Ikkyu wrote: What proof do we have that Buddhism does anything to the Self? Who's to say Buddha won't just give us full Buddhahood? Can't Buddhism, like any other religion, be reduced to magical thinking and a lack of proof regarding such issues as karma, rebirth, skandhas, etc., etc., just to name a few? This is why Buddhism is a religion. It's a good idea... not dogma set in stone. And I'm fine with that. My brand of ego is in a constant state of flux, as is everything in the fleeting universe. I am still on a journey. Who knows the destination?
No need to get defensive or be sensitive. I mean no offense. I'm not the one posing the question of effects of entheogens, religions, Buddhism, or anything on the brain, mind or the self. I personally don't even ascribe to a Self. But we're not talking about me or my positions, we're talking about your questions on this subject. I've only written this much in the spirit of exchange, not 'confrontation' or challenge. Getting the thinking juices going does not have to be a threatening process, I'm simply responding to your notion that you posted about.
Where's the PROOF, indeed? Proof, as the old saying goes, is in the pudding. I believe what I see and can verify. I can't verify the role of entheogens on the brain, I can verify the application of the four noble truths from suffering to its cessation in many many people's lives. Again, facts. Buddhism maybe a religion to some. To others like myself it is simply a series of observations taught by the Buddha who taught nothing of Buddhism, that came MUCH later. I'm just a fan of truth and facts, not big on -isms. I'm more interested in dharma than I am Buddh-ism. A fine distinction, IF you know what I mean. And I do write a lot of poetry. And could be a closeted zennie, but that's another story...
My points to you are not to get your riled up, but to get you to think about your own statements... IF that is what you're actually interested in doing... if not, my apologies, skip this post altogether. Just in case... here goes...
Ikkyu wrote:Peruvian shamans were just an example I was using. The point I was trying to make is that entheogens have their place in the spiritual heritage of mankind.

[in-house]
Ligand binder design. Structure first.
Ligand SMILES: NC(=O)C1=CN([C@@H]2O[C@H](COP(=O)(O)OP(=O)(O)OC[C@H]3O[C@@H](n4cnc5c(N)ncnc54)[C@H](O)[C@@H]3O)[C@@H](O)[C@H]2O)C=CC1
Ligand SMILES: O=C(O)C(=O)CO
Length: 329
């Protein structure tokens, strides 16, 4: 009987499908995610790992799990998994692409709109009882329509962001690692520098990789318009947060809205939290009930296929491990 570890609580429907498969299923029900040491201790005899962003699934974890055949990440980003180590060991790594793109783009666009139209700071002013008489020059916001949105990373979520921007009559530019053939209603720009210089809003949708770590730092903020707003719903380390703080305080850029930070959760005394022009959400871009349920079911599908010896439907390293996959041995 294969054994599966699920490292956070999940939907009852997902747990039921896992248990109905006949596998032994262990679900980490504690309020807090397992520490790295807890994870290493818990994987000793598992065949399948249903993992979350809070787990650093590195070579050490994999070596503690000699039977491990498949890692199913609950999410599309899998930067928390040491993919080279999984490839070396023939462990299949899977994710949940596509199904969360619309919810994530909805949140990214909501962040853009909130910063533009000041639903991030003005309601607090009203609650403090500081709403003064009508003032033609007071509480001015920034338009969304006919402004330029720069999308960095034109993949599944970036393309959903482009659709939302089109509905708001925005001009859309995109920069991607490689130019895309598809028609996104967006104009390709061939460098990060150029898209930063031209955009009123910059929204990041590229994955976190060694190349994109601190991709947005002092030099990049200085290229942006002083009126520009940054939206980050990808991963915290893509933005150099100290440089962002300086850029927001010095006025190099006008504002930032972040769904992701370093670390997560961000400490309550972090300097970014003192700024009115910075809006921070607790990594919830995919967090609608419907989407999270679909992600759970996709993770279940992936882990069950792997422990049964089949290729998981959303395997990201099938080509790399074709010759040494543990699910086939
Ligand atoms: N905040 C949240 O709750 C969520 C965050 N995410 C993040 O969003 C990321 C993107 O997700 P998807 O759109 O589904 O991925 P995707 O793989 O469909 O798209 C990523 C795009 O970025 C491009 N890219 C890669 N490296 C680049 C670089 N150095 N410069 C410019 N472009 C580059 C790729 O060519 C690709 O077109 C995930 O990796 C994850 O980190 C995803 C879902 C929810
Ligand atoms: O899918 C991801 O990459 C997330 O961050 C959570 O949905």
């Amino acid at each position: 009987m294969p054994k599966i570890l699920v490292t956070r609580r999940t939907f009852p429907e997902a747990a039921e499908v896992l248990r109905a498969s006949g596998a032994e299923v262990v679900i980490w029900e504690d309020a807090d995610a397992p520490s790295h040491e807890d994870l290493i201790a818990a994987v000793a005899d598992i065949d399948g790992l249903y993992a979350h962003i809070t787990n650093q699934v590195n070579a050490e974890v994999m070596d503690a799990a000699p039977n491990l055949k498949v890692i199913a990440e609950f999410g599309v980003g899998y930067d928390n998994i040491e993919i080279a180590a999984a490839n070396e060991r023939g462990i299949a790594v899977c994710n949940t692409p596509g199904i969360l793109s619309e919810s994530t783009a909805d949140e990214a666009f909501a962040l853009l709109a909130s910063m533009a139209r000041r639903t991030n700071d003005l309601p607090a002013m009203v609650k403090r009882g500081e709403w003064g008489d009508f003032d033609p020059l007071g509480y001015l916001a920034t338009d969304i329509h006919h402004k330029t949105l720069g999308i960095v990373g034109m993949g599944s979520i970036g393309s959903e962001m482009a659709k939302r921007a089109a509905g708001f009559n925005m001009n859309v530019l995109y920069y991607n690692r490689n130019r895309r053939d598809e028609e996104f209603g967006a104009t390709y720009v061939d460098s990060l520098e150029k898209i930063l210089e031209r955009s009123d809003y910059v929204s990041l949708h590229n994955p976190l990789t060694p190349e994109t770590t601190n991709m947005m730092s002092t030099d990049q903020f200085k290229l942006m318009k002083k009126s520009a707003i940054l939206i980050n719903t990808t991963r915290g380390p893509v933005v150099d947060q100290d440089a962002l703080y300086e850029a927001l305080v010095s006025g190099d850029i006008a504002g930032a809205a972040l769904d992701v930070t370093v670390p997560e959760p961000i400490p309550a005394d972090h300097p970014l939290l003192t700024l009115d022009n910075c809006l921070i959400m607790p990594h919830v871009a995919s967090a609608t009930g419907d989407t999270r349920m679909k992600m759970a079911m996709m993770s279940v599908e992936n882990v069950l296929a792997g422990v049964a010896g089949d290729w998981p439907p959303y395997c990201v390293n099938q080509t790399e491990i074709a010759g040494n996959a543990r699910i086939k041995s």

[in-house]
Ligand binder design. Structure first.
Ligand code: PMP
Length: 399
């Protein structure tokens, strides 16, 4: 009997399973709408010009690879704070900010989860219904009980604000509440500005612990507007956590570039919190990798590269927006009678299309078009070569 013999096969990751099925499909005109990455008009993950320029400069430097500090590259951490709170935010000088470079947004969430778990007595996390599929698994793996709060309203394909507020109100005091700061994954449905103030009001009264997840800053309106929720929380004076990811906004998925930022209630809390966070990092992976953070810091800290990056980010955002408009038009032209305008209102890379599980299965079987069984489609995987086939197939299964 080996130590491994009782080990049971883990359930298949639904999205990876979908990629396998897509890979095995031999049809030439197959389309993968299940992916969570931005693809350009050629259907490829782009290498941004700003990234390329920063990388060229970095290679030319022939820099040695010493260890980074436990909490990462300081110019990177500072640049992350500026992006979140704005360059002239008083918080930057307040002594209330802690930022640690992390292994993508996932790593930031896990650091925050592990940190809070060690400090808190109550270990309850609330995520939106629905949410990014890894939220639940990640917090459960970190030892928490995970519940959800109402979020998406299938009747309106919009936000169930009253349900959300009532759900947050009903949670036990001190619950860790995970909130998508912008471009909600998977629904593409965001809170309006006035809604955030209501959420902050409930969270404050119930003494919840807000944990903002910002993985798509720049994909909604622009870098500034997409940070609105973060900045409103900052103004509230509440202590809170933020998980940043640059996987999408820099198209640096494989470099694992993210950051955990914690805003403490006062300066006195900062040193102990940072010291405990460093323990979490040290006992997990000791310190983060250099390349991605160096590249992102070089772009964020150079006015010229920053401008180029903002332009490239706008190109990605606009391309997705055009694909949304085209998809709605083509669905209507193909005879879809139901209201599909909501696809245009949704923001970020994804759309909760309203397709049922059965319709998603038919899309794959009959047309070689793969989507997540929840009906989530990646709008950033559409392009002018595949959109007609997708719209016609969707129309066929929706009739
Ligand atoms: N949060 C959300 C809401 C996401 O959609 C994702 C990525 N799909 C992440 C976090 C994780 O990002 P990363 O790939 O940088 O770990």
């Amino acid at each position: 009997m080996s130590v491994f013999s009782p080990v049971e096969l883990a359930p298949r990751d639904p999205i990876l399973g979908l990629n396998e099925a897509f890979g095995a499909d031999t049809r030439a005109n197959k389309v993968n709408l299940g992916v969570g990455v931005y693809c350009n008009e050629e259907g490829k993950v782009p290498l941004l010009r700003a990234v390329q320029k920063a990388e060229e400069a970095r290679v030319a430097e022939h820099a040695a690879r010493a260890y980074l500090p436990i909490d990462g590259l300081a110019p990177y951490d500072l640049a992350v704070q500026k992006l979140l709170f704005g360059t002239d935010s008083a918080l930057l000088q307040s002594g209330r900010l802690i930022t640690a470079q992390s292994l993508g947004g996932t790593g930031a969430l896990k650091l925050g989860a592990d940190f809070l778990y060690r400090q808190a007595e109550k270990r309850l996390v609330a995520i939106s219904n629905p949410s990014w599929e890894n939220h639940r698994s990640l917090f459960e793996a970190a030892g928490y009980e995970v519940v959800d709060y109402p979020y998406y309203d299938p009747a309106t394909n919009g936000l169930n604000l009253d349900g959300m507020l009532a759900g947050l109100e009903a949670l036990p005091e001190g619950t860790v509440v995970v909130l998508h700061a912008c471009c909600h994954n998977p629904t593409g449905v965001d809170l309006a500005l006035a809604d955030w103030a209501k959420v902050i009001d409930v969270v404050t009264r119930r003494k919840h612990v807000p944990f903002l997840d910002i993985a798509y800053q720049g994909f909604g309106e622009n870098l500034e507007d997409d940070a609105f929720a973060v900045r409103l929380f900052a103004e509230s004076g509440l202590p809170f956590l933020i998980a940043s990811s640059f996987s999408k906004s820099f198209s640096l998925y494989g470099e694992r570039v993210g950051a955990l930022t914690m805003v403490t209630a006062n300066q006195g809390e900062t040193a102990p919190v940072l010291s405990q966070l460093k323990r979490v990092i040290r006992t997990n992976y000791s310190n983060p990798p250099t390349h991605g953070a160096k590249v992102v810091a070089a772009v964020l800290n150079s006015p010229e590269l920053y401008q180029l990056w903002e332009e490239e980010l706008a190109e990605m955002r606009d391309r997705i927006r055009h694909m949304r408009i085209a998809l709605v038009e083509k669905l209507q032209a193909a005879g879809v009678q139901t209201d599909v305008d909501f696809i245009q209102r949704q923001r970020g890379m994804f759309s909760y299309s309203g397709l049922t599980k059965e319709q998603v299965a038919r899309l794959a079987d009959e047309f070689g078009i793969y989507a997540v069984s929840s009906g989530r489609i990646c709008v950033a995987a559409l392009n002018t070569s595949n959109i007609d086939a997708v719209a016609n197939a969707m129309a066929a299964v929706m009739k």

yes, they do. But what do they have to do with you or your culture was my original question and why use them at all in what you pose if not to support/validate your own use of drugs and meditation? You can't leave out that their place was within a much larger spiritual and cultural matrix that played a key role for the rites of passage of those cultures which you have little to do with. I simply pointed out that these bear little relevance to the current topic you were addressing, didn't think it would go over like an offensive..
Ikkyu wrote: I am not tied to any particular belief... and despite how derogatory and prejudiced you seem to be against everyone in the Occident -- as is evinced by such a sweeping judgement -- there are actually Westerners who are not consumerist idiots and not spiritually materialistic and who do stress living out a genuine, devout spiritual practice. There are a number of those people on this very forum I'm sure. Cherry-picking isn't limited to Westerners... what makesyou think Asian Buddhists, Muslims, Christians from Syria and others don't cherry-pick regarding their religions, their Bibles, Qur'ans, and whatnot? Is it really disingenuous to put it all together yourself in order to see what works? We don't solve a jigsaw puzzle the first time around. It takes a lot of different piecings together to get it right.
You misunderstand my simple observation of half of the very culture I grew up in as 'being against it' or connoting some idiocy to the matter of the fact. I wrote nothing derogatory about you or Western culture. If pooh stinks, is it derogatory to recognize its stinkiness AND does it make pooh somehow morally bad? Moreover, does the ability to recognize pooh's stinkiness somehow make me unable to recognize it IS ALSO what makes vegetation grow? Pooh is after all key to human sustenance... Basic judgmental thinking is a very good thing, in most schools of dialectics it's called logic, going back to the most ancient philosophies.